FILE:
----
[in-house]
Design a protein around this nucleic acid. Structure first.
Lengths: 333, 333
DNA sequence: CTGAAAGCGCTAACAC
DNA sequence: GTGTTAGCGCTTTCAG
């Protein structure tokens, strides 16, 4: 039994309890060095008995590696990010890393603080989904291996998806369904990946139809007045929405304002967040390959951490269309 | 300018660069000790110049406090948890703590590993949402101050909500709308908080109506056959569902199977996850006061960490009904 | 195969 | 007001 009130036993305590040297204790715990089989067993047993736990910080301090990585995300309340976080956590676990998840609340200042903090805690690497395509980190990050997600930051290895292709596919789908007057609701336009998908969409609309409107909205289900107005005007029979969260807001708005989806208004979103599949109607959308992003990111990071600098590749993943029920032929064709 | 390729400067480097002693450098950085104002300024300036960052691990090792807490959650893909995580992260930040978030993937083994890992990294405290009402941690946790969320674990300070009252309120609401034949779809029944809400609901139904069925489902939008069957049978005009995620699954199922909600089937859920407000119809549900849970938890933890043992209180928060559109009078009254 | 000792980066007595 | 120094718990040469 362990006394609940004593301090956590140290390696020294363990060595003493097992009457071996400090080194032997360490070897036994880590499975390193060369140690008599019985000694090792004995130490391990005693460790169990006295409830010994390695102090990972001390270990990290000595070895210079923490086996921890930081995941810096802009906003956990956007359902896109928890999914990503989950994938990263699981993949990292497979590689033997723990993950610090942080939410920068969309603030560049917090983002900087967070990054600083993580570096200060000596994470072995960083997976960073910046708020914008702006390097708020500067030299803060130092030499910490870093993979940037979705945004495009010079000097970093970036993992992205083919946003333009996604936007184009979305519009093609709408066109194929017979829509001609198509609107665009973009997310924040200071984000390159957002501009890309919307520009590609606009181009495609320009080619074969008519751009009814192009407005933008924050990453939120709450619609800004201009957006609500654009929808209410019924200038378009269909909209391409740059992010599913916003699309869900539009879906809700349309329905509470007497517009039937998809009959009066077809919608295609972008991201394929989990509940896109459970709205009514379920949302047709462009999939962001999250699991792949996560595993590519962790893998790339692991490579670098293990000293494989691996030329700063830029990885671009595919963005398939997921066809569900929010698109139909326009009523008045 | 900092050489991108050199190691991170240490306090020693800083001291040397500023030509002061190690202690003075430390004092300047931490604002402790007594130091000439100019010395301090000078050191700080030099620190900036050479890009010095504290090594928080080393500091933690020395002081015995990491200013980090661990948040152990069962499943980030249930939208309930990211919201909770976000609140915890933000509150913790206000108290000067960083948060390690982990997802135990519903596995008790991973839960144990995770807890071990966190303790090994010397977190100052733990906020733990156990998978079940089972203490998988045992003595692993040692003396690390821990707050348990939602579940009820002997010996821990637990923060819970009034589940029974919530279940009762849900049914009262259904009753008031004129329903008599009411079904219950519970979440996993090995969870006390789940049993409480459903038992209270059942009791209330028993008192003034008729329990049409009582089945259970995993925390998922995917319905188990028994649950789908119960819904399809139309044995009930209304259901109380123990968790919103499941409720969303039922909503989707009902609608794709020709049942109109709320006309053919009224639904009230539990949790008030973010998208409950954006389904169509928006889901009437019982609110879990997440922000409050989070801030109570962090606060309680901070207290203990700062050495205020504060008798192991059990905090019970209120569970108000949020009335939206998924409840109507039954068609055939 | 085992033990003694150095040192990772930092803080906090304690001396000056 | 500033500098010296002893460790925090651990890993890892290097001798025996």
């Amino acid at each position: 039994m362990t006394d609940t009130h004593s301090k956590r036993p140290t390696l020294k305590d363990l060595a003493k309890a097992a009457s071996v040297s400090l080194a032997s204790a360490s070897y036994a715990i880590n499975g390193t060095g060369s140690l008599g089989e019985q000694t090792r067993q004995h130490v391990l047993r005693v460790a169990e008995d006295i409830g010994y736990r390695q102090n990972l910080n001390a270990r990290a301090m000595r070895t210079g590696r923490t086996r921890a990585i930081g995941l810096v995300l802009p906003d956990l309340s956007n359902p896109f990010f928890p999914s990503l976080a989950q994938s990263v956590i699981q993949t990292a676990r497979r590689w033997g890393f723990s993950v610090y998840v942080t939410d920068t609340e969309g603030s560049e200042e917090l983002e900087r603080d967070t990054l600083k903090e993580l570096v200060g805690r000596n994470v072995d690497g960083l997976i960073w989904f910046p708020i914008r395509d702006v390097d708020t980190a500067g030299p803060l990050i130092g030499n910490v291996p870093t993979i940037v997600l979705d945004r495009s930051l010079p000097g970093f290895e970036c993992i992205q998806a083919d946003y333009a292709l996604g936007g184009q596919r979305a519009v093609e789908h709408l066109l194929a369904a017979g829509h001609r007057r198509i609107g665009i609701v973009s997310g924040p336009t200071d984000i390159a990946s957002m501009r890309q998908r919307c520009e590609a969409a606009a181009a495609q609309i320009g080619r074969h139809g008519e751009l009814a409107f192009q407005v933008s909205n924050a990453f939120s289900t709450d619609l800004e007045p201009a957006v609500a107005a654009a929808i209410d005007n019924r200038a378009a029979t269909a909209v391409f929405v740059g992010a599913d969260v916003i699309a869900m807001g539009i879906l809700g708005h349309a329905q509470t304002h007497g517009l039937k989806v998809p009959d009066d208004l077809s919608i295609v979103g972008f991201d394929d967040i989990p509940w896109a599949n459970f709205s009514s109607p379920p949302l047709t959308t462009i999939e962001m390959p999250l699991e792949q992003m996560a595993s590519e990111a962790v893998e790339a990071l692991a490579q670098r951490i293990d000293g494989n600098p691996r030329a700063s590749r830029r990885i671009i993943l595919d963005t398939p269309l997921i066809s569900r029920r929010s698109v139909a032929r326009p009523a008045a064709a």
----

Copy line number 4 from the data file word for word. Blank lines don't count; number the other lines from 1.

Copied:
DNA sequence: CTGAAAGCGCTAACAC